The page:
Cleaning, Disinfecting, & Sanitizing Your Gym During COVID-19

Keep your staff and members safe by staying on top of your cleaning schedules and adding new preventative measures.

Reopening plans are being put in place as businesses brace for a changed world following the COVID-19 outbreak. There are many aspects to consider, but the first and most important is to create a clean and safe environment for your health club’s staff and members.

To achieve that, cleaning is not enough—you’ll have to add more disinfecting and sanitizing to your regimen as members return to your gym.

According to the U.S. Centers for Disease Control and Prevention, cleaning, disinfecting, and sanitizing are defined differently:

  • Cleaning removes germs, dirt, and impurities from surfaces or objects. Cleaning works by using soap (or detergent) and water to physically remove germs from surfaces. This process does not necessarily kill germs, but by removing them, it lowers their numbers and the risk of spreading infection.
  • Disinfecting kills germs on surfaces or objects. Disinfecting works by using chemicals to kill germs on surfaces or objects. This process does not necessarily clean dirty surfaces or remove germs, but by killing germs on a surface after cleaning, it can further lower the risk of spreading infection.
  • Sanitizing lowers the number of germs on surfaces or objects to a safe level, as judged by public health standards or requirements. This process works by either cleaning or disinfecting surfaces or objects to lower the risk of spreading infection.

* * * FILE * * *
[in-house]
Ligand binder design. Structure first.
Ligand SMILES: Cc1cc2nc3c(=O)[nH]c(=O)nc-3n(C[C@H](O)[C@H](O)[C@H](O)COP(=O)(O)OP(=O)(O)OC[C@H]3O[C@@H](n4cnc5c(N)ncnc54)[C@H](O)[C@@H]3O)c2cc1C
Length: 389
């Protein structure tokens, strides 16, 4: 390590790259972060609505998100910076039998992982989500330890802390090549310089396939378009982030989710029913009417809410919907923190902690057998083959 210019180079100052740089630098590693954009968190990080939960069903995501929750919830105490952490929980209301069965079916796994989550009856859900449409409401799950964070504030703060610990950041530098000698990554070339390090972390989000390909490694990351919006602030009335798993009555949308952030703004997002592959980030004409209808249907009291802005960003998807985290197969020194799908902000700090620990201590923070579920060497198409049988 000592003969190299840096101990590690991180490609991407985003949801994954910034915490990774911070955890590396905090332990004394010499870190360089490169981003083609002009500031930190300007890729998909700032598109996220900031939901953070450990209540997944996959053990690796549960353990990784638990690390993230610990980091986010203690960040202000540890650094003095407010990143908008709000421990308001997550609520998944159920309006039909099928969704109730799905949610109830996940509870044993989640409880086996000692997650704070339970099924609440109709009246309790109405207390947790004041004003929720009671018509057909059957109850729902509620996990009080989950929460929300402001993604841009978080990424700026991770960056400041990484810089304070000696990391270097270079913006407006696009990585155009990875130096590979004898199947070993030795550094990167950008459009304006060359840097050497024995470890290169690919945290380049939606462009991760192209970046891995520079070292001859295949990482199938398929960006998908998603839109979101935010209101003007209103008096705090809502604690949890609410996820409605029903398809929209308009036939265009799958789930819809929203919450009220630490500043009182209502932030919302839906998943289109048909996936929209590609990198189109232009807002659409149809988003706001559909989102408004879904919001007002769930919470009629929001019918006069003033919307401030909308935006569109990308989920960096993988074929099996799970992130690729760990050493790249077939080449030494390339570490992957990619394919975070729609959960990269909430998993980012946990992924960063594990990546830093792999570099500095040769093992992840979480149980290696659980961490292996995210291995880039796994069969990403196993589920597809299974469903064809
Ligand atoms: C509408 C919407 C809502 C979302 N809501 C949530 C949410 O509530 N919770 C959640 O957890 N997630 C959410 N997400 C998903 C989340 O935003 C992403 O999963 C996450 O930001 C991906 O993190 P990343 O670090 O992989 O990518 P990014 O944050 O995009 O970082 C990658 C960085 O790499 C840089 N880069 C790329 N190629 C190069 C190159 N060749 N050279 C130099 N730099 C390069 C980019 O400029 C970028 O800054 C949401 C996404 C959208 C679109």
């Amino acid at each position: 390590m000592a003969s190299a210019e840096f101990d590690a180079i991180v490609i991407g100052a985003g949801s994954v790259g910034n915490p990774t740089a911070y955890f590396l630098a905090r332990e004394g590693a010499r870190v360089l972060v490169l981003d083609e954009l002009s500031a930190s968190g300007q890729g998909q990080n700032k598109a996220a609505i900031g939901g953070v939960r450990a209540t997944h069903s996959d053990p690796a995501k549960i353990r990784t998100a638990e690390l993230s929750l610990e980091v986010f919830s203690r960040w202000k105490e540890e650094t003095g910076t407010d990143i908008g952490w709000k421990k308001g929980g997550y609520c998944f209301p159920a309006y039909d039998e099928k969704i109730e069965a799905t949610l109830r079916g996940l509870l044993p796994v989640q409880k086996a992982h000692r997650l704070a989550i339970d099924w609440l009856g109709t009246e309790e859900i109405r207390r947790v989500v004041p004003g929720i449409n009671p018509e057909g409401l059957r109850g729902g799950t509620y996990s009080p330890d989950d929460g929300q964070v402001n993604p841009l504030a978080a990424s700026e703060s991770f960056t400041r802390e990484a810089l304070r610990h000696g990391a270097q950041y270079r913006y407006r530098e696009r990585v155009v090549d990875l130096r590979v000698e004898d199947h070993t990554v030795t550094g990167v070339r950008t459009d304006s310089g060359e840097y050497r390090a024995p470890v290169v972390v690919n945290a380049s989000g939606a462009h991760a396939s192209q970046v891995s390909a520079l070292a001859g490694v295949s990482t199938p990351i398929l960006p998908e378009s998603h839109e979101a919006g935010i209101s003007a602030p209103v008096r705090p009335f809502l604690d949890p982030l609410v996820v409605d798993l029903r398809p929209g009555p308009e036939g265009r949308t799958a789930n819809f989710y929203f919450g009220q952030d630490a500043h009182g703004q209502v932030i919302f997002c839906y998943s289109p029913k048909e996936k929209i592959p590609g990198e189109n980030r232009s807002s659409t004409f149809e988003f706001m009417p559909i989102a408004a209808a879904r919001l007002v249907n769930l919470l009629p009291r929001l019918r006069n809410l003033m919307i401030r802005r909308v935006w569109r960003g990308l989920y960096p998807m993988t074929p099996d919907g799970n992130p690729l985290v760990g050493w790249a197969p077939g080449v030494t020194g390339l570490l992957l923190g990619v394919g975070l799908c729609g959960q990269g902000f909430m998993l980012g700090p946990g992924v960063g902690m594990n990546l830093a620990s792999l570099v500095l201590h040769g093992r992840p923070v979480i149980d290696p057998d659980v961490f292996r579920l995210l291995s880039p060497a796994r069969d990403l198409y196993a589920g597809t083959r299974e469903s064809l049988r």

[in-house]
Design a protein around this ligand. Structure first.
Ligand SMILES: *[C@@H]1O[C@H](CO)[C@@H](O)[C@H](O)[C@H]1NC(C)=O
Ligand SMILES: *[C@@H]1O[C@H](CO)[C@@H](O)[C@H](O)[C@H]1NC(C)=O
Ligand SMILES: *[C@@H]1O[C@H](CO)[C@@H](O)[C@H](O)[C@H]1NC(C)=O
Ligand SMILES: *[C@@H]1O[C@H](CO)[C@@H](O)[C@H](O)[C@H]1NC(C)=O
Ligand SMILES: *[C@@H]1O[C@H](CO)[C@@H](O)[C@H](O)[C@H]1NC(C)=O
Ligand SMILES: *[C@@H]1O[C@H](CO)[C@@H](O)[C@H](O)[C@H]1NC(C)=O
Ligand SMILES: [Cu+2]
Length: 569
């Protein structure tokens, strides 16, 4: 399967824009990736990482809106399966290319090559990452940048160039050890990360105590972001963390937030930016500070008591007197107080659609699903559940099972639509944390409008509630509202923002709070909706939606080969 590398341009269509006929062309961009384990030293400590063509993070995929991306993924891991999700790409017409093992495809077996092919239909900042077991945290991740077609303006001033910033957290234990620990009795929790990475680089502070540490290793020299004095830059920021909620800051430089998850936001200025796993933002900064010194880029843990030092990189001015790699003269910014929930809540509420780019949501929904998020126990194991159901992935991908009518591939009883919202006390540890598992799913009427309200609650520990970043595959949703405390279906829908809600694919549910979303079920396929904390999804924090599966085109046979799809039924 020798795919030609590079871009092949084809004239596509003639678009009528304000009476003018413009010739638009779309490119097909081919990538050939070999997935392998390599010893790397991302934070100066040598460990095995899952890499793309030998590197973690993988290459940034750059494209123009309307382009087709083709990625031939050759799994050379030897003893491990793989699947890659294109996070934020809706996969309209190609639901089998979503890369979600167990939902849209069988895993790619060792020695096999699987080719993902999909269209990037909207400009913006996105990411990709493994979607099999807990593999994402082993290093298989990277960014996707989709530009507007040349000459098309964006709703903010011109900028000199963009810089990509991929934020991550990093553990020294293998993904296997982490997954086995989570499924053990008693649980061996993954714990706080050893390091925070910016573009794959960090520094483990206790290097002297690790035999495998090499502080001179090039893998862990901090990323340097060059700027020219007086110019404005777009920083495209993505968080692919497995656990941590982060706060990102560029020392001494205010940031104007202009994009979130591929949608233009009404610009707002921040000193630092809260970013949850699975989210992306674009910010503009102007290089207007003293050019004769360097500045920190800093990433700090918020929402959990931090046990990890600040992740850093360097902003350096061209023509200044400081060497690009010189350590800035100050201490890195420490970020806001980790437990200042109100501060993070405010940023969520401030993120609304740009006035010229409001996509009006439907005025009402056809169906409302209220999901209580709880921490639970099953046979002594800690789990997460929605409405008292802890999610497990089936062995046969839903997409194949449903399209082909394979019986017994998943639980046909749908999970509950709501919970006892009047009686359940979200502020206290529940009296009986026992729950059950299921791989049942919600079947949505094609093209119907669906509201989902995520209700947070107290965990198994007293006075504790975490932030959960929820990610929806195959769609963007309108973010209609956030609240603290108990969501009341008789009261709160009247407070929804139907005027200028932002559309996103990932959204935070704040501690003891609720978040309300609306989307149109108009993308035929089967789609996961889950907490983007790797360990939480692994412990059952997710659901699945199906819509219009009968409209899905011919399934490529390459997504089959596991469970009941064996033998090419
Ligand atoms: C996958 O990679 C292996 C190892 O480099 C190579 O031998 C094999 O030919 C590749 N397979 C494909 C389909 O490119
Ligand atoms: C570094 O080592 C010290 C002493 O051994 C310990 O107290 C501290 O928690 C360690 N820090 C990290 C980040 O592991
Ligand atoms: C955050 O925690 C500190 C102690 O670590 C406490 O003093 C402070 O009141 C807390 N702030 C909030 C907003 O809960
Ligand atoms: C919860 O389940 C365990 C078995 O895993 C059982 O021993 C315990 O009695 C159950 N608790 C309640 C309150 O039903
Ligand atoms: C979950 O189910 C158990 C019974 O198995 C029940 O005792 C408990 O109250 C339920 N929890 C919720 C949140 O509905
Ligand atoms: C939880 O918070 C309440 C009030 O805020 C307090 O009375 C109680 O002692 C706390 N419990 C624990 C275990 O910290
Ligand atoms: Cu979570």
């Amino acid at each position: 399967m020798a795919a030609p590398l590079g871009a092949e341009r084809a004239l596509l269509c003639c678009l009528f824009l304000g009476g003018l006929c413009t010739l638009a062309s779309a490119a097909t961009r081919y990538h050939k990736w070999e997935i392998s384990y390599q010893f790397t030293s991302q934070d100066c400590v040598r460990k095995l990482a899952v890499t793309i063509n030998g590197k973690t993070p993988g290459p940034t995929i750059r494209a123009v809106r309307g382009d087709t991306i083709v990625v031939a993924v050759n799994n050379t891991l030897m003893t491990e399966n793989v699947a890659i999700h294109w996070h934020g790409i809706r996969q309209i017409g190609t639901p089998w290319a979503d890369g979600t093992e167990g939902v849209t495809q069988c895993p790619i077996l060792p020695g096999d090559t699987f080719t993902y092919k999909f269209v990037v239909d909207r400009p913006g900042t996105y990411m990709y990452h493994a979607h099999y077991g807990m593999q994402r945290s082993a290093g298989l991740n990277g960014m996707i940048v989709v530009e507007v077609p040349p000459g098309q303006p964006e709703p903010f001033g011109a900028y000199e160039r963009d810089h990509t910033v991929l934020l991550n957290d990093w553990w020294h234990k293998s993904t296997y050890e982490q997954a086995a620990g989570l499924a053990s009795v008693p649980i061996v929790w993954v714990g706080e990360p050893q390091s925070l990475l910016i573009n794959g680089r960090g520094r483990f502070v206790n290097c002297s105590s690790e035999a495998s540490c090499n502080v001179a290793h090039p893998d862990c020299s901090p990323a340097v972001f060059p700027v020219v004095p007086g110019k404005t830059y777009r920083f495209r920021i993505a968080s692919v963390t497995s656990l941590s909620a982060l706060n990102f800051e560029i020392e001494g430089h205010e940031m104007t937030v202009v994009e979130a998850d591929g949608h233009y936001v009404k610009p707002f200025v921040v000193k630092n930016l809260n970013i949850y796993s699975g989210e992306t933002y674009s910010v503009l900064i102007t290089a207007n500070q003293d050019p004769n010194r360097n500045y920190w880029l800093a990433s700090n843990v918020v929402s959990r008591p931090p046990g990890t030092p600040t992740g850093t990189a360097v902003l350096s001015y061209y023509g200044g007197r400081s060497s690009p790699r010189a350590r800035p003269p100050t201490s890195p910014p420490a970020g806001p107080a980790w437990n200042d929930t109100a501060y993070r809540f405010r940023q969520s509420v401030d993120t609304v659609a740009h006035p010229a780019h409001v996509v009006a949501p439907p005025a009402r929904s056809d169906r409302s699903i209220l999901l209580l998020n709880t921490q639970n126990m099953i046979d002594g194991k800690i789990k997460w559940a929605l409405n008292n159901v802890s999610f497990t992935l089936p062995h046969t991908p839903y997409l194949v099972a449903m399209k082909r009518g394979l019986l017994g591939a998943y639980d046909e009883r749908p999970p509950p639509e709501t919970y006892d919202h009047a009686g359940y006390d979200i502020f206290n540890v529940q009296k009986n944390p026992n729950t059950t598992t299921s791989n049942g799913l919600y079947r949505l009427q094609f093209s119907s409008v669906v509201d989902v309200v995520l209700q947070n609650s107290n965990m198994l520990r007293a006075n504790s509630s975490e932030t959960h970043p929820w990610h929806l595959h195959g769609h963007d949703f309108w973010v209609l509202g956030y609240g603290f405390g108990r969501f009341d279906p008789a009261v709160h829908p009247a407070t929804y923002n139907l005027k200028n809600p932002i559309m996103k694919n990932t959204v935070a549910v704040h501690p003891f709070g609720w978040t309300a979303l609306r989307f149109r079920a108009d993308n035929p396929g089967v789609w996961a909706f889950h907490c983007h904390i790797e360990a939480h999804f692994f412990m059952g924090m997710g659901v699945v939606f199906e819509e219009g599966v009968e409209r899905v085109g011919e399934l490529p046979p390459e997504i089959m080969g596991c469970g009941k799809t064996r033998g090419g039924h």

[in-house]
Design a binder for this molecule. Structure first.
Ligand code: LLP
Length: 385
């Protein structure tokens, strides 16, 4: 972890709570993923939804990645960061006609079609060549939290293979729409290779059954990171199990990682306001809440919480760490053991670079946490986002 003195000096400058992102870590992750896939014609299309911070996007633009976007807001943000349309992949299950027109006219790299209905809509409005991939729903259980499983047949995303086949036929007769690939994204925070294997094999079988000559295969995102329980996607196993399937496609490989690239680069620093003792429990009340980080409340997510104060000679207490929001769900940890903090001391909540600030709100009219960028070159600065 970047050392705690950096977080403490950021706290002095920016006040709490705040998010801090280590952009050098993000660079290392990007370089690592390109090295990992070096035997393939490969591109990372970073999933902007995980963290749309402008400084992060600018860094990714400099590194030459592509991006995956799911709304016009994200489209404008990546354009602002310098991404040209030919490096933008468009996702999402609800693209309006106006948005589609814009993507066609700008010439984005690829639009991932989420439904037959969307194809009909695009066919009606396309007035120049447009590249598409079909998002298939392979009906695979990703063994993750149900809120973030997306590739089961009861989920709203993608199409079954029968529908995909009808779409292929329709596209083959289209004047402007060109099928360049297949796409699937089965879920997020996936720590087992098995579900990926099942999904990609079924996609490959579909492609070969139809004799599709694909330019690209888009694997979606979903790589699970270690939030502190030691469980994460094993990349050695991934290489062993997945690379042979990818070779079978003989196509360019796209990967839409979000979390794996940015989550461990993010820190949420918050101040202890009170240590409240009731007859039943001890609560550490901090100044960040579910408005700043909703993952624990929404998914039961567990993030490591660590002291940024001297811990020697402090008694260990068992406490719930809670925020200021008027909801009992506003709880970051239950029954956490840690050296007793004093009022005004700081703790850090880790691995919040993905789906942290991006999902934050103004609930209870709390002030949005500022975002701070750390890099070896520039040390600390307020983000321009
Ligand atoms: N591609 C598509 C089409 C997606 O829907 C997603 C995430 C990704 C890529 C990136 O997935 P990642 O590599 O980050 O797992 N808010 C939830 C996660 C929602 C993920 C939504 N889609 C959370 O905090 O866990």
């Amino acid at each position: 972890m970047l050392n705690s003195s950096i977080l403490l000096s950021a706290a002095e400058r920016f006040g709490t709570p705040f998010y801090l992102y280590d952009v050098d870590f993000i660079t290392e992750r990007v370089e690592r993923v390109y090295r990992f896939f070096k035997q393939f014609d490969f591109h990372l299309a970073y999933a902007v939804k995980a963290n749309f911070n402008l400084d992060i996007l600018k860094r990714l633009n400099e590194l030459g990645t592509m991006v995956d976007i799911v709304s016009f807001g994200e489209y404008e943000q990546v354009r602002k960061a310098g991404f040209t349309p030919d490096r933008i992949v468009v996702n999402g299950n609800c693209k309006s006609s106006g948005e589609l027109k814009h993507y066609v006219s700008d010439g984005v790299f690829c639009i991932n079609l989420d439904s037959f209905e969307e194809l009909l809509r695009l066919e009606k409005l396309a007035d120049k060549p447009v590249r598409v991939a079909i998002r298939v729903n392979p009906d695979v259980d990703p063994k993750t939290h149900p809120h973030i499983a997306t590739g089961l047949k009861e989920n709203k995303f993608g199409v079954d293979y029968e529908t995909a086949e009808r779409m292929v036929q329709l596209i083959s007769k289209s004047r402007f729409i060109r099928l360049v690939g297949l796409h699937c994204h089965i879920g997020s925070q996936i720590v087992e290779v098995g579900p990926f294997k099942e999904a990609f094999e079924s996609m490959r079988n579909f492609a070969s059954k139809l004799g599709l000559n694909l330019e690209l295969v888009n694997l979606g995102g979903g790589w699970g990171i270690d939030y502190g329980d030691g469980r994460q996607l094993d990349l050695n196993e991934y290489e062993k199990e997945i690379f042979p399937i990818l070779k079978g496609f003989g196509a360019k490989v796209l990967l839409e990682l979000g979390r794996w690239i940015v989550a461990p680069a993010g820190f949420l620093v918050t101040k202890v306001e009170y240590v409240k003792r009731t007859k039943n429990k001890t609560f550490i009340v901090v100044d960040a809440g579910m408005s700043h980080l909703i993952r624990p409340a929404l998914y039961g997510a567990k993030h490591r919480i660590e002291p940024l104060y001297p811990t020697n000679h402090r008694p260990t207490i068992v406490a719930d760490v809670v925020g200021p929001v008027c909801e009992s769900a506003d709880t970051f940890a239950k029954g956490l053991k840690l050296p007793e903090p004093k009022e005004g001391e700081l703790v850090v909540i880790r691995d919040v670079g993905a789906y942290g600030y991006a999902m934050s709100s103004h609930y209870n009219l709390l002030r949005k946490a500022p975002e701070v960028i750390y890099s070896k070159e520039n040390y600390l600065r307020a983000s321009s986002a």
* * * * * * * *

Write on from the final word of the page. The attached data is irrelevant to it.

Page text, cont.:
With these definitions in mind, it’s easy to see that only cleaning won’t cut it. You’ll have to put steps in place that disinfect and sanitize equipment, door knobs, and other high-touch areas.

Colin Grant, CEO of Pure International Group—based in Hong Kong with clubs also in Singapore, Shanghai, Taiwan and New York—discussed in a webinar how important new cleaning practices were as government restrictions relaxed, allowing limited reopening at his facilities.

“It was important for us that members … could see cleaners walking around the clubs [and] studios actively cleaning on a regular basis,” Grant said. “Having a lot more cleaners being active around the club was very helpful. At the same time, we increased the number of hand sanitizing stations around the club. That also was very popular.”

Make Staff Part of the Solution

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Hand sanitizing stations and signs reminding members to wipe equipment after use are good ideas as well—but members can only do so much.

“Members don’t do as thorough of a job as club staff. So it’s also more efficient to have staff clean than members,” says Jeff Lakers, co-owner of BC Luxury Amenities, a California-based company that provides bath and body care products for health clubs, hotels, spas, and country clubs.

Lakers advises clubs to start their sanitizing process from where all cleaning begins: the cleaning closet.